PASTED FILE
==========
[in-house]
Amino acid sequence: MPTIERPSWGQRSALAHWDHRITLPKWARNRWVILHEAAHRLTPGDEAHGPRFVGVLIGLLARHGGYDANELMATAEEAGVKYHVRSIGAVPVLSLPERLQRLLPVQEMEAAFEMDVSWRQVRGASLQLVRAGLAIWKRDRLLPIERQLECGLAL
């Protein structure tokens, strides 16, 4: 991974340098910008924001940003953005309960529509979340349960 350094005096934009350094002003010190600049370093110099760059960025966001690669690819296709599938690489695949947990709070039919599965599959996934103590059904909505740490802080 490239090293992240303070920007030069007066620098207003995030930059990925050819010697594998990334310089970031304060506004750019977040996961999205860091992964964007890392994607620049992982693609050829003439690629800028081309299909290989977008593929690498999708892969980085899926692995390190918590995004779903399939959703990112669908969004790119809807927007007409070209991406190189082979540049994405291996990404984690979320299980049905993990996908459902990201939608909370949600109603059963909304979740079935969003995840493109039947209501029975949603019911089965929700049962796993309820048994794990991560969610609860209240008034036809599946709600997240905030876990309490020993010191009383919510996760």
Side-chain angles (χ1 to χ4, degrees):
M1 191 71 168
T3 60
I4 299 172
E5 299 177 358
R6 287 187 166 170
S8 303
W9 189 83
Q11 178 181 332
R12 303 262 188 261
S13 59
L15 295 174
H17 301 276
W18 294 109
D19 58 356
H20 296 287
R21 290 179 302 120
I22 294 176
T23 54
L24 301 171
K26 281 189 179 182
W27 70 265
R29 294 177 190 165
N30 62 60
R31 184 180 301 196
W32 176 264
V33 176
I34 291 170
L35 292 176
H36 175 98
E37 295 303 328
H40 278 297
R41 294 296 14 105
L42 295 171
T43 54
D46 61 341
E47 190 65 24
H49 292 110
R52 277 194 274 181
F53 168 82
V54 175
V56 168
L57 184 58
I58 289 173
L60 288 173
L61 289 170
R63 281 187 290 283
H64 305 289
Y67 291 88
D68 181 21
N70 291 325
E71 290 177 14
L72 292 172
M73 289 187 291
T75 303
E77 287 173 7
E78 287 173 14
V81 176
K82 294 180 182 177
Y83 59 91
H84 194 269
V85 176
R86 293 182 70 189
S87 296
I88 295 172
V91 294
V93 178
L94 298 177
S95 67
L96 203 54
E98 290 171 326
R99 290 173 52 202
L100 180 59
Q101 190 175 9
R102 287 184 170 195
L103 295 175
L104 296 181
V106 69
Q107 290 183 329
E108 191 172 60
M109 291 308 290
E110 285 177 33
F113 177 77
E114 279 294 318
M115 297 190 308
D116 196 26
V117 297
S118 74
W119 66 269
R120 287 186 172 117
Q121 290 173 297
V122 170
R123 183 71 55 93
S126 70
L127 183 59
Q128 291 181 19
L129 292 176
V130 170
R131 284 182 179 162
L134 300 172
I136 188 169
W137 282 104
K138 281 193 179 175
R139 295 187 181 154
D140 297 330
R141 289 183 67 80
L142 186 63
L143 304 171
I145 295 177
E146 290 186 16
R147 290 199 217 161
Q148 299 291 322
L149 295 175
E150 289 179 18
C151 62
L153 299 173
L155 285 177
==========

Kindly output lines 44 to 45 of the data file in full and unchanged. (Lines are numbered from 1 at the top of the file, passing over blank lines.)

V54 175
V56 168